Petitions for eligibility decisions may be submitted by either manufacturers or importers who have registered with NHTSA pursuant to 49 CFR part 592. As specified in 49 CFR 593.7, NHTSA publishes notice in the Federal Register of each petition that it receives, and affords interested persons an opportunity to comment on the petition. At the close of the comment period, NHTSA decides, on the basis of the petition and any comments that it has received, whether the vehicle is eligible for importation. The agency then publishes this decision in the Federal Register.

J.K. Technologies of Baltimore, Maryland (“J.K.”) (Registered Importer 90-006) petitioned NHTSA to decide whether 2001 Ferrari 360 Passenger cars are eligible for importation into the United States. NHTSA published notice of the petition on May 21, 2001 (66 FR 28020) to afford an opportunity for public comment. The reader is referred to that notice for a description of the petition. The notice stated that the closing date for comments was June 20, 2001. The agency published on July 26, 2001 (66 FR 39081) notice that it was extending the comment period until August 10, 2001, based on requests that it had received from Fiat Auto R&D U.S.A., a division of Alfa Romeo, Inc., and Ferrari North America Inc.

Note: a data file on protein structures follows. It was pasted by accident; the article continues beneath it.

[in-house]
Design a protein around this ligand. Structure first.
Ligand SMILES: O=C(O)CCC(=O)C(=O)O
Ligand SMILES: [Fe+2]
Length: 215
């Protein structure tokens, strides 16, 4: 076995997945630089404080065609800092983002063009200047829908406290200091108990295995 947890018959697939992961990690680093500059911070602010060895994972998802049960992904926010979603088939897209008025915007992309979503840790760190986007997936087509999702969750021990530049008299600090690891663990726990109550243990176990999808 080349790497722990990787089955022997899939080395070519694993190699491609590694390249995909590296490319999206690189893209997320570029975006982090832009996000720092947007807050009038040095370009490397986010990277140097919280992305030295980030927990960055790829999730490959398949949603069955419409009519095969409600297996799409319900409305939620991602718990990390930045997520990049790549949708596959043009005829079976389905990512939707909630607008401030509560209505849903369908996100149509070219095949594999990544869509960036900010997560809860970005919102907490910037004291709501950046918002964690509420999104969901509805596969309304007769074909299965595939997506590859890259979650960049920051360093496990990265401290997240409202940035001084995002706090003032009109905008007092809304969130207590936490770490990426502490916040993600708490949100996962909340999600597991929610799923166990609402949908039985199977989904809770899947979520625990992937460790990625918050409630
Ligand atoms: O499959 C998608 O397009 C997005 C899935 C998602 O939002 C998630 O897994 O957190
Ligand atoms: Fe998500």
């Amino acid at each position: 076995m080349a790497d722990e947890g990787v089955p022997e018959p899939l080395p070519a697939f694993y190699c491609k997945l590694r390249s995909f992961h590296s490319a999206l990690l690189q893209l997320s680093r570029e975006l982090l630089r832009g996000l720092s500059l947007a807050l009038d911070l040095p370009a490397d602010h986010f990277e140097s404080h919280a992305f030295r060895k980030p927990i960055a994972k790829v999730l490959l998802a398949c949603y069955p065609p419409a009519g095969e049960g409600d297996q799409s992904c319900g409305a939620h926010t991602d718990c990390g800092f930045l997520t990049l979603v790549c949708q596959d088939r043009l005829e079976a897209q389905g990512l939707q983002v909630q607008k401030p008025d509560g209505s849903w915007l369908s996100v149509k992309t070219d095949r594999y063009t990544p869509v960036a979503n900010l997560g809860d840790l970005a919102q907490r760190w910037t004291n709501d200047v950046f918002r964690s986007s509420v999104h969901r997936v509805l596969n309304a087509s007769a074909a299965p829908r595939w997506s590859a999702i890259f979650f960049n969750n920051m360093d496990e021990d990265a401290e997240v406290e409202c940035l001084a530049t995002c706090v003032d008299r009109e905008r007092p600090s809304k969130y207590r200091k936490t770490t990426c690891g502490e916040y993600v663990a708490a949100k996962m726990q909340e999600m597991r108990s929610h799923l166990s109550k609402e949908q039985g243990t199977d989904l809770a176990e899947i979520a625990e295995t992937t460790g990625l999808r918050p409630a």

Twenty-one comments were submitted in response to the notice of petition. Nineteen of these supported the granting of the petition. One comment, from an individual identifying himself as “James A. Linder” and stating that he represented the “Original Automobile Manufacturer's Association” of Concord, New Hampshire, which the agency has learned is a fictitious entity, raised general objections concerning the registered importer program and its impact on fabricating manufacturers, but did not directly address the subject of the petition—whether non-U.S. certified 2001 Ferrari 360 passenger cars are eligible for importation. As a consequence, the agency is not responding to this comment in this notice.